Both teams are being kept as isolated as possible, constantly monitored for symptoms. Likewise the controllers at Ramon Airport and the three small general aviation airfields managed by the IAA. Another concern is the IAA controller teams that work in the IDF’s two main air control units in the Galilee and Negev, who have responsibility for Israel’s civilian airspace. They usually work 12-hour shifts and go home in-between. Now, they all remain on-site for three days at a time, to minimize the risk of infection.
Avid plane-spotters now have a rare opportunity to glimpse and photograph nearly all of El Al’s 45-plane fleet parked in rows, by the east side of the terminal and around the company’s nearby maintenance facility. But after the novelty of seeing so many identical planes clustered together wears off, it is a dismal sight: El Al was just undergoing the most major modernization program in its history and never had such a large fleet – almost all of which is now grounded.
No scheduled El Al flights are currently operating, although a handful of Boeings are being used to fly in vital medical supplies from China and eggs from Portugal, to alleviate the egg shortage before Passover. Ironically, the company in these weeks has broken endurance records with long-haul rescue flights of Israelis stranded in Australia and Peru – destinations El Al has never flown to before.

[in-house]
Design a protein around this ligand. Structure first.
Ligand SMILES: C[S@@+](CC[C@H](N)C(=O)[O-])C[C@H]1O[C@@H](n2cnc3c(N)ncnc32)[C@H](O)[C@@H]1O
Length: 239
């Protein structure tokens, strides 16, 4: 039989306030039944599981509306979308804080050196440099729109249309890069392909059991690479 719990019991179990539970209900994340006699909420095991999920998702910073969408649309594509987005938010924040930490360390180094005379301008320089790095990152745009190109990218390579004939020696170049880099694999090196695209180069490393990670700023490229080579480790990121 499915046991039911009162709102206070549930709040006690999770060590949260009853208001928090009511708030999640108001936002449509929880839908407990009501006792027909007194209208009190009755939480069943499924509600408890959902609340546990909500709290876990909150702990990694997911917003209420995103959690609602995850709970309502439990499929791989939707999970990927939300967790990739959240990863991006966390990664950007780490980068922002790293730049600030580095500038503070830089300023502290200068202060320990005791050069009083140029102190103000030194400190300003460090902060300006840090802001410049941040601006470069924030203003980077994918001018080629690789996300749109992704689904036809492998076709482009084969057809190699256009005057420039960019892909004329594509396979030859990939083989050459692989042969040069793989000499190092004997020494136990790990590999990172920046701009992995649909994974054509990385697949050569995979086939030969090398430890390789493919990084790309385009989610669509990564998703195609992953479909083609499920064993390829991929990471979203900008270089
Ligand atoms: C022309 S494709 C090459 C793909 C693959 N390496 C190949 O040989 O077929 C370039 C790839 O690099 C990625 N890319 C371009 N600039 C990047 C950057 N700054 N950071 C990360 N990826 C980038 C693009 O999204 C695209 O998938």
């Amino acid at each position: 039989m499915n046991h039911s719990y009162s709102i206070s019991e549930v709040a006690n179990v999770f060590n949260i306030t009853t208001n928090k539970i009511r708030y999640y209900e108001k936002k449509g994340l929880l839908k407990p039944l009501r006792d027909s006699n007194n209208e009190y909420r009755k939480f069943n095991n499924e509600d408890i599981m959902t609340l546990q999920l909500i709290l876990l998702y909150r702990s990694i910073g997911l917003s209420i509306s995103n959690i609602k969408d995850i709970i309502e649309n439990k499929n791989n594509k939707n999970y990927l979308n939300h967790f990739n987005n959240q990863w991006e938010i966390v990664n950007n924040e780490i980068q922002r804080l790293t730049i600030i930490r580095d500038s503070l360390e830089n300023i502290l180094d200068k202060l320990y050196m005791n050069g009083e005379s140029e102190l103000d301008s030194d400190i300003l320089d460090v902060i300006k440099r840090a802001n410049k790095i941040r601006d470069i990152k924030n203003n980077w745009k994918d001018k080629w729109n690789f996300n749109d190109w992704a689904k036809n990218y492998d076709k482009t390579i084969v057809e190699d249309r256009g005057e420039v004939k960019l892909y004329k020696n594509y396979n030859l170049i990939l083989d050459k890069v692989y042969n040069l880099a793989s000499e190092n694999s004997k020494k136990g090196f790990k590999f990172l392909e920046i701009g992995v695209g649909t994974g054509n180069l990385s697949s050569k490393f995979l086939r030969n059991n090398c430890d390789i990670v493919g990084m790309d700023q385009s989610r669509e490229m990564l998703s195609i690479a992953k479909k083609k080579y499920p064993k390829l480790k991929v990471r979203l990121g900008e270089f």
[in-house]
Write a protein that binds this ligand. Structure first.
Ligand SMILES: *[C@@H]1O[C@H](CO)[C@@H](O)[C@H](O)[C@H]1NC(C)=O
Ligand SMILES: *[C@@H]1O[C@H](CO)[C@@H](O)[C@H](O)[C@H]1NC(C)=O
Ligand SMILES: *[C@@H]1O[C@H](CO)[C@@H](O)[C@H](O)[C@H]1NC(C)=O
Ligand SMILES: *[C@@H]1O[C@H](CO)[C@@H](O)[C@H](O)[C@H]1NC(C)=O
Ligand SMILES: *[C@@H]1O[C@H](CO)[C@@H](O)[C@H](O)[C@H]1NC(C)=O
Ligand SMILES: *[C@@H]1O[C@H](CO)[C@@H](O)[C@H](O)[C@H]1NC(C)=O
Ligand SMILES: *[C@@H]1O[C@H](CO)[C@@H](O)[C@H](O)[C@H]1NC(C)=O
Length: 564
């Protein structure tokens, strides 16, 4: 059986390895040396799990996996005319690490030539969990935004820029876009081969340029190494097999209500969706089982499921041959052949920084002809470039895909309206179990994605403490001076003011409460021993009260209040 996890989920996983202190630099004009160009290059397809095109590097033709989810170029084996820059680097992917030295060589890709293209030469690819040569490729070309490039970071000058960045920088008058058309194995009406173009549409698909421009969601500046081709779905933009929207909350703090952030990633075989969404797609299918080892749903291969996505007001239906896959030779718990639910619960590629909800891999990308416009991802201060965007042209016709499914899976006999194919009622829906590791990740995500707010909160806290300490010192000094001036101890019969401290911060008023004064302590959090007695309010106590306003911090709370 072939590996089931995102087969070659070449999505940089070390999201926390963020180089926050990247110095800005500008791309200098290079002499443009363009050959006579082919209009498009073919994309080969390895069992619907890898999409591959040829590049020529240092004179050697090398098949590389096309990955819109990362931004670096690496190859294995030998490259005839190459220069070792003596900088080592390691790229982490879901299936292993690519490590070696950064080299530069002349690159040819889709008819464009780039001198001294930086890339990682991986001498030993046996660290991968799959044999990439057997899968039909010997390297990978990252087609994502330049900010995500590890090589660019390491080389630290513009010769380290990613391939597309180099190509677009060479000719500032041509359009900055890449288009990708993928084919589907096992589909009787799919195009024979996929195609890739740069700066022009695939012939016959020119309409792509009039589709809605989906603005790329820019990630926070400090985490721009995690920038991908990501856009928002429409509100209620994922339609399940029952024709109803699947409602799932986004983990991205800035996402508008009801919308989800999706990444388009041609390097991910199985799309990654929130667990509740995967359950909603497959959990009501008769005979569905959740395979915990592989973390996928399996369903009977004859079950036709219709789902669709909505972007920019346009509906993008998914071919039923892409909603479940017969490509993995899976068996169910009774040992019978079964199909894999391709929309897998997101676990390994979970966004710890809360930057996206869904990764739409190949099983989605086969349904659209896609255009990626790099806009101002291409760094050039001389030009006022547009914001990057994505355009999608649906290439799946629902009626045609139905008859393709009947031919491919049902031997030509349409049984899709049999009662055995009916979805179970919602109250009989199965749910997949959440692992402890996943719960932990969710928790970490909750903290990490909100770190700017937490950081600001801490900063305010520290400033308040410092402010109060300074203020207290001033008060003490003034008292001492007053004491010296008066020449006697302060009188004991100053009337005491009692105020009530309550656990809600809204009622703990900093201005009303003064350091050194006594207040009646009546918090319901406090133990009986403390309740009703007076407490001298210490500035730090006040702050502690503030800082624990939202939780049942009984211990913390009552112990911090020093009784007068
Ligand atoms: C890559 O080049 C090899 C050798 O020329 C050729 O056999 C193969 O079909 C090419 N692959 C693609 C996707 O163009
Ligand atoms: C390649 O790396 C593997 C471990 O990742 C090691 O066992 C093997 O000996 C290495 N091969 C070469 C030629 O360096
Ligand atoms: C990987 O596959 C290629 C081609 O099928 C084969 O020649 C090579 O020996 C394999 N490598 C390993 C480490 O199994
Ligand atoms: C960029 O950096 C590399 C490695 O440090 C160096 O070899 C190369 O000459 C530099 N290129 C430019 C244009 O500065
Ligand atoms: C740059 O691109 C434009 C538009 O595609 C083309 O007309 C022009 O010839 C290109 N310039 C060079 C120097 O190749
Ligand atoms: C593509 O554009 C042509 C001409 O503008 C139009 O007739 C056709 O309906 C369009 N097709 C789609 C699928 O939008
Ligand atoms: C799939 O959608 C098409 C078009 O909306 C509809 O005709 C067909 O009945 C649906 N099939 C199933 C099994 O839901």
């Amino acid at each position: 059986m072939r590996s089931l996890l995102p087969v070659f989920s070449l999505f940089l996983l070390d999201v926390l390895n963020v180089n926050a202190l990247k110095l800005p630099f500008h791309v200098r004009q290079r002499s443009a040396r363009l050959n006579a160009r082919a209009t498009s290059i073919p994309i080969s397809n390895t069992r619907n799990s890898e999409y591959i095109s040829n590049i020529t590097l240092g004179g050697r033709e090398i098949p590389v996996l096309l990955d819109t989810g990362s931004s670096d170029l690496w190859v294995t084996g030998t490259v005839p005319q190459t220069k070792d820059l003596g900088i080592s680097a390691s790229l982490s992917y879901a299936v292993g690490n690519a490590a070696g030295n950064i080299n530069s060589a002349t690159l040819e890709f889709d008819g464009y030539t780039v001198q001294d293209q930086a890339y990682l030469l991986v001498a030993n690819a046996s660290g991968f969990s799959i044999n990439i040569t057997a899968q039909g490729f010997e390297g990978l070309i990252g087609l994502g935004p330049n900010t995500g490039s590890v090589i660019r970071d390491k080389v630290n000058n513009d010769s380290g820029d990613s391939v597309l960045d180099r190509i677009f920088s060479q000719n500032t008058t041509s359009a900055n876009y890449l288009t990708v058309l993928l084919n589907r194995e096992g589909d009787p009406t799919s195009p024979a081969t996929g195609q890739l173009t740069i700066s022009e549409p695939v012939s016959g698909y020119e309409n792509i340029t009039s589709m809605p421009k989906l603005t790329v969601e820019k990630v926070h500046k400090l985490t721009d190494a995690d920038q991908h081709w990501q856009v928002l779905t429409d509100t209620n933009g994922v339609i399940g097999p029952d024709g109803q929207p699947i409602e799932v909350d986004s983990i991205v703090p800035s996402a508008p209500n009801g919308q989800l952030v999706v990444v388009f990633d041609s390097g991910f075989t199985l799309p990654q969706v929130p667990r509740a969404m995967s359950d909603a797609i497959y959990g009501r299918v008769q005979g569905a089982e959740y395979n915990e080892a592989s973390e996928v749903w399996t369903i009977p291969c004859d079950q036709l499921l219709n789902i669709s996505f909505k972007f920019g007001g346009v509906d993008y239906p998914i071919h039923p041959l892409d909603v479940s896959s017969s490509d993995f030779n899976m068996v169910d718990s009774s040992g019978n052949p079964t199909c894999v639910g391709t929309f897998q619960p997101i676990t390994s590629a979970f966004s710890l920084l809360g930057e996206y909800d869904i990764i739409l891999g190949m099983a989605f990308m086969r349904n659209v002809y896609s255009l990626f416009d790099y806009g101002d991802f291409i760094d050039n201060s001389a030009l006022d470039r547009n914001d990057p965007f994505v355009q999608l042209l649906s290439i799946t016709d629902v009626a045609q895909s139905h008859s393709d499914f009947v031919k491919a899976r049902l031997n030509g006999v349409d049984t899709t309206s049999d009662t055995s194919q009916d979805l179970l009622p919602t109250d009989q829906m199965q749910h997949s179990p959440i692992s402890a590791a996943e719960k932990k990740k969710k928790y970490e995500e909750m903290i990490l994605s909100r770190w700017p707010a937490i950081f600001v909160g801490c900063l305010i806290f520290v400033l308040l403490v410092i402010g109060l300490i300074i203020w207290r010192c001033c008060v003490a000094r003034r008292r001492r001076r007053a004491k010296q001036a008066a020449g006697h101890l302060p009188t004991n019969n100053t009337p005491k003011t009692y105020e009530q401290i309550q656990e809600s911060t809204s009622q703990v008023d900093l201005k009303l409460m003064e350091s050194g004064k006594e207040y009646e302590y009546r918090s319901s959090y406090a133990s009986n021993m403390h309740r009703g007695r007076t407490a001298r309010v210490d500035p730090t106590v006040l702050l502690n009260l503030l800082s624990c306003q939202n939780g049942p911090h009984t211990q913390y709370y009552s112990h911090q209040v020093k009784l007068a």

Usually, around 90 percent of movements at Ben Gurion are scheduled passengers flights, with the other 10 percent made up of cargo, private jets, test and delivery flights of Israel Aerospace Industries (which is based at the airport), and military flights. These days, over 50 percent of the movements are cargo flights.
The number of cargo airlines operating here has doubled over the last month and their flights have tripled – making up for the shortfall in air freight capacity, 55 percent of which is in the holds of regular passenger airliners. But this can hardly make up for the shortfall in revenue for one of Israel’s biggest companies.
The IAA’s revenue in 2019 was 4 billion shekels ($1.1 billion), two-thirds of which came from landing fees and other income from airlines who pay for slots. Most of the rest comes from the commercial activity within the terminals. That income has now been slashed by over 90 percent, and the airports authority is scrambling to use its normally lucrative landing real estate in other ways.
Not only El Al has an immobile fleet right now: Car rental agencies have hired acres of space from the IAA to park their fleets of thousands of vehicles, Meanwhile, Russian carrier Aeroflot may start leasing space at Ramon Airport soon, so it can store as many as 150 of its own aircraft there in the dry desert air.
Ben Gurion has to be prepared to allow cargo or rescue flights to take off or land at any moment. It also needs to be ready for the moment the government eases the lockdown, whenever that may be, and many thousands of passengers will urgently rush off to visit relatives abroad, tend to international business and, yes – as far away as it feels now – to go on vacation.
The IAA had a 6-billion-shekel development budget that was committed, among other things, to expanding the space available for check-in desks. That money is now being diverted to keeping the company afloat, and all building plans have been put on indefinite hold. If anything, everyone right now is missing those nightmarish check-in lines.